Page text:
Haven’t had enough Steven Yeun in your life? We haven’t either. Lucky for all us, the Korean-American actor was on Jimmy Kimmel Live last night! They discussed everything from his choice of wearing no socks to his father’s disapproval of acting (thank goodness Yeun didn’t listen!) We’ll let you see for yourself.
Click on for the interview!
Actor Tim Kang takes a less-than-appealing role and turns it into what may be the studliest Asian American character on TV.
ISSUE: Fall 2011
STORY: Han Cho
With a season-to-date average of 14.4 million viewers, CBS’s highly rated show The Mentalist begins its fourth season this fall. The crime drama follows Patrick Jane (Simon Baker), a specialist hired for his “psychic” abilities, and a team of top-rate investigators, including Special Agent Kimball Cho, played by Korean American actor Tim Kang.
Viewers may find it hard to believe that the levelheaded, deadpan Cho was originally written as a socially inept, slightly overweight married man with two kids. Instead, the character has morphed into a former teen gang member with the brilliant mind and athletic physique of a Green Beret, a strong, silent type with a new girlfriend (played by Chinese-French Canadian beauty Sandrine Holt). So what happened?
“It took some juggling to shape him into something that I could believe in,” says the 38-year-old. Growing up as an avid TV and film fan in San Francisco, Kang was always bothered with the lack of positive representation of Asian Americans in the media. “They were never the heroes. Bruce Lee was the only ‘Asian American’ hero that we could look up to and not be ashamed of. And that was a little disconcerting.”
When Kang first read the script for The Mentalist, he realized that Cho “was just yet another example of not seeing a potential in a certain character. I thought, ‘Wow, some of this is really funny, but stereotypical.’ So I took some of it, kept some of it, and changed it around.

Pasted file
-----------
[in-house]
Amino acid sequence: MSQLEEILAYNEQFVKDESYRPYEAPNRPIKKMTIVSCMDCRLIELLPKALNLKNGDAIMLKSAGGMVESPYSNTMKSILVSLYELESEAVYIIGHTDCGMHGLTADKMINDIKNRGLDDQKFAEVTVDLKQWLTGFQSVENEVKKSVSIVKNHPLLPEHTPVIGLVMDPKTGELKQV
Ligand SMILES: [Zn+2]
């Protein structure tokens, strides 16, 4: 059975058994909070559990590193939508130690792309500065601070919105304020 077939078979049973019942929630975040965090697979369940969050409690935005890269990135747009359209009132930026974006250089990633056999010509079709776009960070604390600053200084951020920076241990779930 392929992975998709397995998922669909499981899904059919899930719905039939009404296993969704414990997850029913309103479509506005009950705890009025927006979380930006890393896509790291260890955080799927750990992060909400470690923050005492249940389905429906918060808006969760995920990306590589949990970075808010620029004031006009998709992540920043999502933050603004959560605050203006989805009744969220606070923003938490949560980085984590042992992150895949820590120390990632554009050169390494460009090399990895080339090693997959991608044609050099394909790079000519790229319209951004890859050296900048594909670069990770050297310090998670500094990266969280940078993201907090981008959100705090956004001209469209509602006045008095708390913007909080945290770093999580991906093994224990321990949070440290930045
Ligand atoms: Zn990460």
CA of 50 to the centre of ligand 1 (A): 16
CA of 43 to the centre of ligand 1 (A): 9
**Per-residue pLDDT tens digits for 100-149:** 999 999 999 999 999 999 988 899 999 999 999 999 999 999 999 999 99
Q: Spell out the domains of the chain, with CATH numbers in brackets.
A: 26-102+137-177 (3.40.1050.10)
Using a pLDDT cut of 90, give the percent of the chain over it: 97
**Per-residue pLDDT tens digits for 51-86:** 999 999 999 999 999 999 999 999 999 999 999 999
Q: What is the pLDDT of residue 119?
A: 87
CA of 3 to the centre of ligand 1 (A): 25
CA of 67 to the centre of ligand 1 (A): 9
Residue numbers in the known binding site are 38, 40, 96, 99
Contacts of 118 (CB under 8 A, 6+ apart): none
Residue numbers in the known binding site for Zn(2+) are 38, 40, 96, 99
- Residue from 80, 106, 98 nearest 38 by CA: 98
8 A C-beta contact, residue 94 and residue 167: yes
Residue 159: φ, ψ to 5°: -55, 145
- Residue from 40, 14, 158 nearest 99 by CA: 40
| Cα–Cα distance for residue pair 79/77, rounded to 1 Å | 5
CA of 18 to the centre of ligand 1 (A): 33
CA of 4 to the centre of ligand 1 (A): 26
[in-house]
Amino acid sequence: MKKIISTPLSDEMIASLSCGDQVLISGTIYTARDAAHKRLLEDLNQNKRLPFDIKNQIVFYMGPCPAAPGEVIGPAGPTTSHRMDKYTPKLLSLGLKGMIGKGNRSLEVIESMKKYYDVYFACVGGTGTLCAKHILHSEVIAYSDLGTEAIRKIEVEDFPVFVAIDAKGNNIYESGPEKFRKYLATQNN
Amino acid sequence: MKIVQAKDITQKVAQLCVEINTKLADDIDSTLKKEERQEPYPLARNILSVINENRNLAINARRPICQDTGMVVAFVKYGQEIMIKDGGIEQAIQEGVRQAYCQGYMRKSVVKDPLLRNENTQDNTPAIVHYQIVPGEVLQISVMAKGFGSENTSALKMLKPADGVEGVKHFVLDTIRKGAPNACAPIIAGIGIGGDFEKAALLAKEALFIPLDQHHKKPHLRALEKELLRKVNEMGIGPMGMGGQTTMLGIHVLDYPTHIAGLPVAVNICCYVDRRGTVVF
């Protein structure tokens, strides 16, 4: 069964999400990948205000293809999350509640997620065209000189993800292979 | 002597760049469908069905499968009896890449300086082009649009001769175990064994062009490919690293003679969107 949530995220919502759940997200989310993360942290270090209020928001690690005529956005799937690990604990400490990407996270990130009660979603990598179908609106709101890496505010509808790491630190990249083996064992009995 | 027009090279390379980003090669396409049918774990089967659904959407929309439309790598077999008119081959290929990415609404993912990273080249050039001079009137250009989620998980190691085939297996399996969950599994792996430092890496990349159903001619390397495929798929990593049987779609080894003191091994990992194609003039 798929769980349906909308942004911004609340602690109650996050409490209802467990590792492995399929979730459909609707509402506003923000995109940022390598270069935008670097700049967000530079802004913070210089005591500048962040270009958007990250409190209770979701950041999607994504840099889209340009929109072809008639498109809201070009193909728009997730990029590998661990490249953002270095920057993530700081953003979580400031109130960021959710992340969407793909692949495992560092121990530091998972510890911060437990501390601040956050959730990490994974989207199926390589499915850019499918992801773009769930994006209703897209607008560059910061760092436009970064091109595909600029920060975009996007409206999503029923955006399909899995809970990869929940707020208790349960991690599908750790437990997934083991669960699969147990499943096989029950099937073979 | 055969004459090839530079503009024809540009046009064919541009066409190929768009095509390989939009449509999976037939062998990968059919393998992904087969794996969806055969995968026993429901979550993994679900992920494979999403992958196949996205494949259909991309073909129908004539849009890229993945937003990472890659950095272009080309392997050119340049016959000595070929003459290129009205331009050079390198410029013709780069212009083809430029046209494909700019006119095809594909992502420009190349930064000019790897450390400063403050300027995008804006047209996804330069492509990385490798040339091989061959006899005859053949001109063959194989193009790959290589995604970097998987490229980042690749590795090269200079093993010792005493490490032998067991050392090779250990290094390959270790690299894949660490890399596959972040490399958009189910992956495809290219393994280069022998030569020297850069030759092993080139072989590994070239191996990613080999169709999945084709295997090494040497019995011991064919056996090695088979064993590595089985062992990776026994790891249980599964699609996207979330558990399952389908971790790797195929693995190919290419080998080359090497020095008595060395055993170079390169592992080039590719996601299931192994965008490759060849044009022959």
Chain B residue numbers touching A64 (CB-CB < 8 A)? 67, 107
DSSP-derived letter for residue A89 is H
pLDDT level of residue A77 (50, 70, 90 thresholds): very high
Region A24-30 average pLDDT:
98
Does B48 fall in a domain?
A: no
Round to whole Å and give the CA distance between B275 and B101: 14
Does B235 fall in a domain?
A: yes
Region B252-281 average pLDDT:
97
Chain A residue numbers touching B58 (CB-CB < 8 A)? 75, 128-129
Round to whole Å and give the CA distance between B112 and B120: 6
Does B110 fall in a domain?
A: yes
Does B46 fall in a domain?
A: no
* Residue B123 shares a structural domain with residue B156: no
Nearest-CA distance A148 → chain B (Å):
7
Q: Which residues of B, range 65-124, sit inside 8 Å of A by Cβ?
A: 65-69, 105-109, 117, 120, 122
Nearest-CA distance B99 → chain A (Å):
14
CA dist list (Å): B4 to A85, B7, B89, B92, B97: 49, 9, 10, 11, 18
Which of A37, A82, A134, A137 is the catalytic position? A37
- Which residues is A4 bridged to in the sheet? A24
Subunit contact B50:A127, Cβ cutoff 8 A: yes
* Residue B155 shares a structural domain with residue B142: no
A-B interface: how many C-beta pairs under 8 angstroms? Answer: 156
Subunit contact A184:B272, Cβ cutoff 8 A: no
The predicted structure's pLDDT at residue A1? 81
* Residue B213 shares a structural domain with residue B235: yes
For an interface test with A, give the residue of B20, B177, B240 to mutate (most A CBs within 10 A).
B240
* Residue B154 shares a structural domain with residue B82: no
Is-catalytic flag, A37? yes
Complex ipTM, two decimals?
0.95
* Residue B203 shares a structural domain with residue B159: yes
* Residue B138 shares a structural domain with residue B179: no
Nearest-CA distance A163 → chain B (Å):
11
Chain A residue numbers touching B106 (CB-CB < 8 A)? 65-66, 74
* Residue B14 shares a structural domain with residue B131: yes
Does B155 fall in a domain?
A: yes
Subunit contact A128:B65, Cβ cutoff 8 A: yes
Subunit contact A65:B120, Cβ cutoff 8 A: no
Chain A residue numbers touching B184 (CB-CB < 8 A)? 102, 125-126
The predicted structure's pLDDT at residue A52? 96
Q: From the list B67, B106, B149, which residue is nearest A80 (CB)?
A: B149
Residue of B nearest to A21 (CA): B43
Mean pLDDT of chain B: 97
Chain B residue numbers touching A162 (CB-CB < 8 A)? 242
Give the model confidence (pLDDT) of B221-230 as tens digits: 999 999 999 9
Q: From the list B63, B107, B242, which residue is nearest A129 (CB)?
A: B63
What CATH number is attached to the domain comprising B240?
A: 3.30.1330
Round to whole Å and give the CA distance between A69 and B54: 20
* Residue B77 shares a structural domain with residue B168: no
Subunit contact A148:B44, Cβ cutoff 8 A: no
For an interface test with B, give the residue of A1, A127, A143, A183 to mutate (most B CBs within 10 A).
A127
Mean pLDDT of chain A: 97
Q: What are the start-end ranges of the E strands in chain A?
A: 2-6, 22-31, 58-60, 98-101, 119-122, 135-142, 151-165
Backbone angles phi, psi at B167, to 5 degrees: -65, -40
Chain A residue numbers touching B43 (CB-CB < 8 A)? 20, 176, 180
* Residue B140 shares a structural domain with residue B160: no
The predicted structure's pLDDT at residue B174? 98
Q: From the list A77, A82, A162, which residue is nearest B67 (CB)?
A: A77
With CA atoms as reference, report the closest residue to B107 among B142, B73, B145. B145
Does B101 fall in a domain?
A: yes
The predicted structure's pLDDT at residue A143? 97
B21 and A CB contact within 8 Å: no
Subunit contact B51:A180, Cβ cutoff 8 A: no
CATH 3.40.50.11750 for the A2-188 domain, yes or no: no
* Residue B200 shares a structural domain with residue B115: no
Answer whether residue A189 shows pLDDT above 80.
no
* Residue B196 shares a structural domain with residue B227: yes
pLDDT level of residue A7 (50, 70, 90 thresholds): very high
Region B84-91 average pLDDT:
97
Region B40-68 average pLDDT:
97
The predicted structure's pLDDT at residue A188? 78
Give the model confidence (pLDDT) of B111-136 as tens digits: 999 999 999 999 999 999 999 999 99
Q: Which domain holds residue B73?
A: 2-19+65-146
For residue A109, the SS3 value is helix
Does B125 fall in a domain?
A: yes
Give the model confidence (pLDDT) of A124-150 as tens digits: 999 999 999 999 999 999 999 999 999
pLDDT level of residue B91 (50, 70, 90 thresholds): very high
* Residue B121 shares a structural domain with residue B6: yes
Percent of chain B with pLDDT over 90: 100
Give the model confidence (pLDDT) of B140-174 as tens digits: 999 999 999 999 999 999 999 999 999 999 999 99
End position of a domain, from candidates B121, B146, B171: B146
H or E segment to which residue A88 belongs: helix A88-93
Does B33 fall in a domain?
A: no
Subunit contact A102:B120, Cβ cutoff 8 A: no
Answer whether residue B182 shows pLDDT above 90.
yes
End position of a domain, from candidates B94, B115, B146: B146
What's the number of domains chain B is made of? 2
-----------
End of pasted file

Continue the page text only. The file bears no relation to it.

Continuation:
“He is certainly all the things the producers had originally envisioned,” adds Kang, “but he’s not just a book- worm. He’s a little more than that.”
Kang’s fresh take on the character can be attributed to his training in Off Off Broadway shows and the America Repertory Theater’s M.F.A. program. However, he sees “nothing sexy” about his role or his big break as a series regular on a hit show. In fact, he sees it as a “gift and responsibility.”
“To this day, I have not figured out the rhyme or reason to this business,” says Kang. “But I have certainly been afforded the kind of success that you should be proud of. And I am proud of it. I get to do something that I love every single day.”
— Han Cho
More stories from Audrey Magazine’s Archives here.
Beats Per Mnet (BPM) is the Asian pop culture cable channel’s newest primetime lifestyle show, featuring everything from fashion advice to on-location segments about food to interviews with Asian celebrities. Model and actress Yvonne Lu chats with Audrey about being the face of the daily two-hour series “where Asian pop lives.”